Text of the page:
Attached Files:

    Last edited by a moderator: Nov 12, 2013
  18. Leifer

    Leifer Senior Member

    I came across a Wikipedia entry for something called "Aeroplankton".
    I believe this is just a descriptive term for any microorganism that has become airborne......as in the study of Aerobiology.
    (open a virgin prtri dish, see what lands on it, and grows)

    However the images on the wiki page are quite deceiving, as these are just bugs photographed around a light, at a slow camera shutter speed. Although the caption does describe this, it seems an easy image to get misused (along with a funky name like "aeroplankton")
    800px-Aeroplankton10MeungSurLoire.JPG
     
    Last edited: Nov 17, 2013
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  19. Mick West

    Mick West Administrator Staff Member

    The description of the photo seems reasonable, if a little wordy:


    They also show the same light, illuminate by flash.
    [​IMG]

    I suspect someone just likes the word, and use it where "insects" will do.
     
    Last edited: Nov 20, 2013
  20. Barnacle

    Barnacle New Member

  21. Mick West

    Mick West Administrator Staff Member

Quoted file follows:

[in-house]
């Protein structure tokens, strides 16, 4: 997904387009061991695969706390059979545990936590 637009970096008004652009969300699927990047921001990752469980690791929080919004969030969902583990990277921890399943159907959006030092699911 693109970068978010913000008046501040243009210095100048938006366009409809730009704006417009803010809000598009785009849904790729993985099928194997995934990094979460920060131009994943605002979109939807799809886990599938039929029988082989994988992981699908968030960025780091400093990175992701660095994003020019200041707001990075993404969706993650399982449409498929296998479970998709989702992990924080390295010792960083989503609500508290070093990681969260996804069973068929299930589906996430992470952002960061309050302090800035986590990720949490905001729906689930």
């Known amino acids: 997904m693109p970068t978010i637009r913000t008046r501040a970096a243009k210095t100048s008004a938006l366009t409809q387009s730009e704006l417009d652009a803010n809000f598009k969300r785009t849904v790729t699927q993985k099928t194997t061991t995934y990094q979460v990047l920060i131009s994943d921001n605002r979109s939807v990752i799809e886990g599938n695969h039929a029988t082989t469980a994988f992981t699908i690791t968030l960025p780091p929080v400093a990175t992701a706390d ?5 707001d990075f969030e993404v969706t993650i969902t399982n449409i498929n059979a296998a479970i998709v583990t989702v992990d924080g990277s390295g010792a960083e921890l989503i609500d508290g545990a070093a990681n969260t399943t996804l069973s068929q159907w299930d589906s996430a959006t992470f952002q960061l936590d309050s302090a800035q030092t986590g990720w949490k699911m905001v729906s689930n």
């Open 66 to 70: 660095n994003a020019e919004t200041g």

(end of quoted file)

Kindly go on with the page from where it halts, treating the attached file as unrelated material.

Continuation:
Another story on the french fibers reported on Twitter with just the headline:


    The actual story
    http://www.ledauphine.com/drome/201...ents-fils-d-araignees-ou-retombees-d-incendie



    Google translate:
     
  22. Jay Reynolds

    Jay Reynolds Senior Member

    The analysis of spider silk is pretty straightforward. If such silk is analyzed properly using high performance liquid chromatography
    (HPLC), and the constituent amino acids known to comprise ordinary spider silk are found, you have identified the material.

    Over a decade ago, I did some research on this after chemtrails related claims began to be made:
    http://goodsky.homestead.com/files/silk.html

    At that time I had some personal communication with Dr. Merri Lynn Casem who told me:

    However, there seems to be some large variability between spider species, individual spiders, and even the same spider from one time to another:
    http://www.americanarachnology.org/joa_free/joa_v15_n1/joa_v15_p65.pdf

    Additionally, an analysis of sticky spider silk needs to take into account that it will likely pick up contamination from the environment, whatever it touches becomes part of your sample, be it smoke from a fire, exhaust from a passing truck, blowing leaves, pollen, and dust from the air.

    It might be helpful to obtain such an environmental atmospheric sample separate from the silk which might help sort out the different sorts of environmental contaminants present from the actual silk itself.
     
  23. Critical Thinker

    Critical Thinker Active Member

    Not precisely about chemwebs, but with spiders raining down and all that, I just thought I'd throw this out there for arachnophobes to shudder at.


    http://www.iflscience.com/plants-and-animals/forecast-calls-spiders